Community Teaching Plan – Teaching Experience Paper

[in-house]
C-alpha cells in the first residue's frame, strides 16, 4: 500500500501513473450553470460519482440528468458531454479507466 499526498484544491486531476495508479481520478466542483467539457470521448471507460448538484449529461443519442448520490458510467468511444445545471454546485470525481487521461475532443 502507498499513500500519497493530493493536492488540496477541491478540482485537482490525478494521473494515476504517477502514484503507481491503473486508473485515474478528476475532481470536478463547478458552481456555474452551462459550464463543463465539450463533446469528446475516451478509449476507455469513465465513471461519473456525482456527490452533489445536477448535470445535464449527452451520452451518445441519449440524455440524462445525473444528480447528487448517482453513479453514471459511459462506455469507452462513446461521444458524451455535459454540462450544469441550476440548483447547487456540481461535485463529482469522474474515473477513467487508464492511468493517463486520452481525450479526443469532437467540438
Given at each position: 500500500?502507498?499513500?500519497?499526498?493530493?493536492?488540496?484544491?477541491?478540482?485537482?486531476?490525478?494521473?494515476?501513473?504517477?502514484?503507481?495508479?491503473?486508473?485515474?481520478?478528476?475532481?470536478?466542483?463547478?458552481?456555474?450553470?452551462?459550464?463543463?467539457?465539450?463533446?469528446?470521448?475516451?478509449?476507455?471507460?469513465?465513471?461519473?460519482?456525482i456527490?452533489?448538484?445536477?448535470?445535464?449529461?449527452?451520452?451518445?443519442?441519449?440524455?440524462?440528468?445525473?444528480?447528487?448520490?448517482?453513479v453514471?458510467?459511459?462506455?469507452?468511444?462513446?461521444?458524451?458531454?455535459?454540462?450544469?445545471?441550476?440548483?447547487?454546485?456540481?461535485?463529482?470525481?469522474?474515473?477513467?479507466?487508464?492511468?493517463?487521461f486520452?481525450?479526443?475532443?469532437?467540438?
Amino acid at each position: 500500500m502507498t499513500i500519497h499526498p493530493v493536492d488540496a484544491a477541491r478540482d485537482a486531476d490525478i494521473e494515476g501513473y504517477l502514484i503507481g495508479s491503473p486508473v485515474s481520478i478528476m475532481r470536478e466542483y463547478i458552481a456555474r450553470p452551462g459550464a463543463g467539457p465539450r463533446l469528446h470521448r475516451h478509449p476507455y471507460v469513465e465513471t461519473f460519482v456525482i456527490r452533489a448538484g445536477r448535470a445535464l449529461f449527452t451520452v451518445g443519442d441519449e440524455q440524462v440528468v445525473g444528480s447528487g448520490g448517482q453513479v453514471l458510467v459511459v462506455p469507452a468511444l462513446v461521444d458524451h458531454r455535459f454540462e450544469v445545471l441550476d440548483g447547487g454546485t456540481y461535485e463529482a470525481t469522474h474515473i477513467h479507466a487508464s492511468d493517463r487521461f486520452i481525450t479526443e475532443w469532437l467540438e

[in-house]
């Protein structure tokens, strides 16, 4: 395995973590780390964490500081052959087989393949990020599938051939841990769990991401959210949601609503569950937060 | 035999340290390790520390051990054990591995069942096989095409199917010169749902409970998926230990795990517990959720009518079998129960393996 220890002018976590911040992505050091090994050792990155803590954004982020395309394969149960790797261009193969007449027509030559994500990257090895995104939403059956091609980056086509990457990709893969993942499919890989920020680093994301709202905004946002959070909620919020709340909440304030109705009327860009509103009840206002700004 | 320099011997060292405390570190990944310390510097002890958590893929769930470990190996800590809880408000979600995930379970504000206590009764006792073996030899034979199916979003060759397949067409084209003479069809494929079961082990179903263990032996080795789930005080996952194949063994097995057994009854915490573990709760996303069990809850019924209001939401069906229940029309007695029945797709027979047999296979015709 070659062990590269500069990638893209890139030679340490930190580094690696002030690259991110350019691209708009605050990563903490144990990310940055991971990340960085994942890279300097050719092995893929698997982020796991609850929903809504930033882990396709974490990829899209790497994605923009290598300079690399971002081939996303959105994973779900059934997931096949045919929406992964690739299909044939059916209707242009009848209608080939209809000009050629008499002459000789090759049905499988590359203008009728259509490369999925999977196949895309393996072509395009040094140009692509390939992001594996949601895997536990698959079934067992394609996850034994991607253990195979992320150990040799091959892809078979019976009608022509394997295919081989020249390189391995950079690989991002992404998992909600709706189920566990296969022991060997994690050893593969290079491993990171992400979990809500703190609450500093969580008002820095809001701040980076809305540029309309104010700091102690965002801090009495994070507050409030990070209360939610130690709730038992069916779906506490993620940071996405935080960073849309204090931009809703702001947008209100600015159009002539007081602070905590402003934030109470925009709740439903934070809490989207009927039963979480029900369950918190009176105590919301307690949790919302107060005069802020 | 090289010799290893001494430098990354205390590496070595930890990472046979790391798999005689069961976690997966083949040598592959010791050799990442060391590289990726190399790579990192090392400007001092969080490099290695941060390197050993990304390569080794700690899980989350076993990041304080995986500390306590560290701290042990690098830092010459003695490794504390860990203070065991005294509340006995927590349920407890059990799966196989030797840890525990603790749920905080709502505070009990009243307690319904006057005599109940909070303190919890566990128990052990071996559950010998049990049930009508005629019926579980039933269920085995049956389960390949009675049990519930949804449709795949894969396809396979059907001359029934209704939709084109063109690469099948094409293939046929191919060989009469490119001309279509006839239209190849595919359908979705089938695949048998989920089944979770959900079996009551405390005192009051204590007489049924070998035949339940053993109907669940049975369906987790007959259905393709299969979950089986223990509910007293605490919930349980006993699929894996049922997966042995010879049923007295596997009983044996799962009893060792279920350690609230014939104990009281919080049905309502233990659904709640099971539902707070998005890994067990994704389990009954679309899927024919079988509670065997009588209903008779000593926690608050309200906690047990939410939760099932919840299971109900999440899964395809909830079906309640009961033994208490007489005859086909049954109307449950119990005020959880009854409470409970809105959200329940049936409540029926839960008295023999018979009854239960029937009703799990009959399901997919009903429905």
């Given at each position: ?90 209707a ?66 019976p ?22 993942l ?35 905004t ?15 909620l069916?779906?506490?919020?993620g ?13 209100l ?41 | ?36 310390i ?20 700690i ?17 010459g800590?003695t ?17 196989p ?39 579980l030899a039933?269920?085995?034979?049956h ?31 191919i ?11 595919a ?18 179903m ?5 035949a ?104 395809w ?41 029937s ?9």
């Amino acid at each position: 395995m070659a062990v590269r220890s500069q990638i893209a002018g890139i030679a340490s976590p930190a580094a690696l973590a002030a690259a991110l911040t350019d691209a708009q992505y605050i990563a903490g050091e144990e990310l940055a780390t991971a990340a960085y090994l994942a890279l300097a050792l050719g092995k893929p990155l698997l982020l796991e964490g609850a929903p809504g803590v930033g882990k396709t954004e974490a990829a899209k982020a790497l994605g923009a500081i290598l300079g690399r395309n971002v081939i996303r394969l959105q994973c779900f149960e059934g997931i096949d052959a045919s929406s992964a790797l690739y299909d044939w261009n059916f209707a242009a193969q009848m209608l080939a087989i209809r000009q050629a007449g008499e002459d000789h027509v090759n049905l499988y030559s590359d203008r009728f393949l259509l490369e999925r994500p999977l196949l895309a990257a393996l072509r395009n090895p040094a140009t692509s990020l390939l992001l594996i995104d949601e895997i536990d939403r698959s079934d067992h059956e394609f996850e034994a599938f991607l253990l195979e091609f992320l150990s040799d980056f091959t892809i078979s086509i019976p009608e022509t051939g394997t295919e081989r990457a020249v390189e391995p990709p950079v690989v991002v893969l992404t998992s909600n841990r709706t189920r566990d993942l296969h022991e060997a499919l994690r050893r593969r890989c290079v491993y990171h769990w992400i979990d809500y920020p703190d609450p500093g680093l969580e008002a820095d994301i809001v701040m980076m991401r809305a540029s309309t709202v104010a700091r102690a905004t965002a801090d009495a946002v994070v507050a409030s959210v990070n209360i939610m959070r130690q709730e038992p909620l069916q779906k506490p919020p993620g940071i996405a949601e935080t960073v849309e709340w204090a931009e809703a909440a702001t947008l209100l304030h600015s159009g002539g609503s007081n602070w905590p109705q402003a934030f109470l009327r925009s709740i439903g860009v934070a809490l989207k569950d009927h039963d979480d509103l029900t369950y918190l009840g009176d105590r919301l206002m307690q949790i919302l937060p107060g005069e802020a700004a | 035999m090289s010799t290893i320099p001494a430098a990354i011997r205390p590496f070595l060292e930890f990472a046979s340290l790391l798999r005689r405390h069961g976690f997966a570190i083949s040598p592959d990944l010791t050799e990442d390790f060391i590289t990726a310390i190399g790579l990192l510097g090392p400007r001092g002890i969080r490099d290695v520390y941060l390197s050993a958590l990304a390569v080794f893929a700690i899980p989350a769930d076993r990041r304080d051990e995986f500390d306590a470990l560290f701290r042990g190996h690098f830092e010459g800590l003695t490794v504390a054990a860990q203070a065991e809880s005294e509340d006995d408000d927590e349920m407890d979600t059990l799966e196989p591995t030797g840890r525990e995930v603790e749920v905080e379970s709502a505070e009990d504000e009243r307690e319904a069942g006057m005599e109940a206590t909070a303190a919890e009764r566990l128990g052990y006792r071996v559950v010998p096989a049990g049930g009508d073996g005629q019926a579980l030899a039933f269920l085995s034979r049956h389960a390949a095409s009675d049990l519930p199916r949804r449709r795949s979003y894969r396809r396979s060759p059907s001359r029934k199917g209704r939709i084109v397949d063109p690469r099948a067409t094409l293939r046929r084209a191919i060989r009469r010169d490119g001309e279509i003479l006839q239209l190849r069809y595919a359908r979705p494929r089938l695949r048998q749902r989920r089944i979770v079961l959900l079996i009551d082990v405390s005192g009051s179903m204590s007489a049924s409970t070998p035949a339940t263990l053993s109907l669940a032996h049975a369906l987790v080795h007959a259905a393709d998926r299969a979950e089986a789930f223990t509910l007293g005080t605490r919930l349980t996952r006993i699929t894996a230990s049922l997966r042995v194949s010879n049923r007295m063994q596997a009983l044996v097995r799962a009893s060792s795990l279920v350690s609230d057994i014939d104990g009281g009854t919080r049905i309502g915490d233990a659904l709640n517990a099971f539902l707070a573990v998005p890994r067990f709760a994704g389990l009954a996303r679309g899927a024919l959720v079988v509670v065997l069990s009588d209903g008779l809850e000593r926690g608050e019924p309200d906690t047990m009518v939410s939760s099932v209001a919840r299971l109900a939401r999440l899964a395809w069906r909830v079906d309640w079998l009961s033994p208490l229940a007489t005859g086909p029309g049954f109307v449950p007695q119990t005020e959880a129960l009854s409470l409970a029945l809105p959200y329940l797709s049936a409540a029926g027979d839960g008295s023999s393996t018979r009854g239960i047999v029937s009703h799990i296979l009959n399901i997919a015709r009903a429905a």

Alcoholism and the subsequent alcohol use disorders (AUDs) are among the most profound health priorities because they result in multiple adverse health effects. According to a 2018 report by the World Health Organization (WHO), alcohol abuse and related effects cause approximately 3 million deaths by 2016, representing about 5.3% of all deaths (WHO, 2018). More importantly, the World Health Organization (WHO) presents such statistics alarming because alcohol-related mortalities in 2016 surpassed hypertension and diabetes. Apart from contributing to high mortality rates across groups, alcohol abuse inflicts other health effects, including cognitive impairments, injuries, and disabilities. Undoubtedly, these considerations of alcoholism remain a concern in the mainstream health sectors because WHO predicts that alcohol abuse trends will continue upsurging in the next ten years due to inadequate social, health, and legal frameworks to alleviate its prevalence (Glantz et al., 2020). One of the most fundamental takeaways in the fight against alcoholism is that communities and individuals are unaware of the potential effects of alcohol abuse due to limited health promotion activities and inadequate infrastructure to promote community-based teaching and learning programs. As a result, choosing this topic for the community teaching Plan was to help alcoholics abandon this maladaptive behavior and capitalize on the determination to quit alcoholism by creating awareness about potential adverse effects of alcohol abuse to operate as the eye-opener for abandoning unhealthy habits.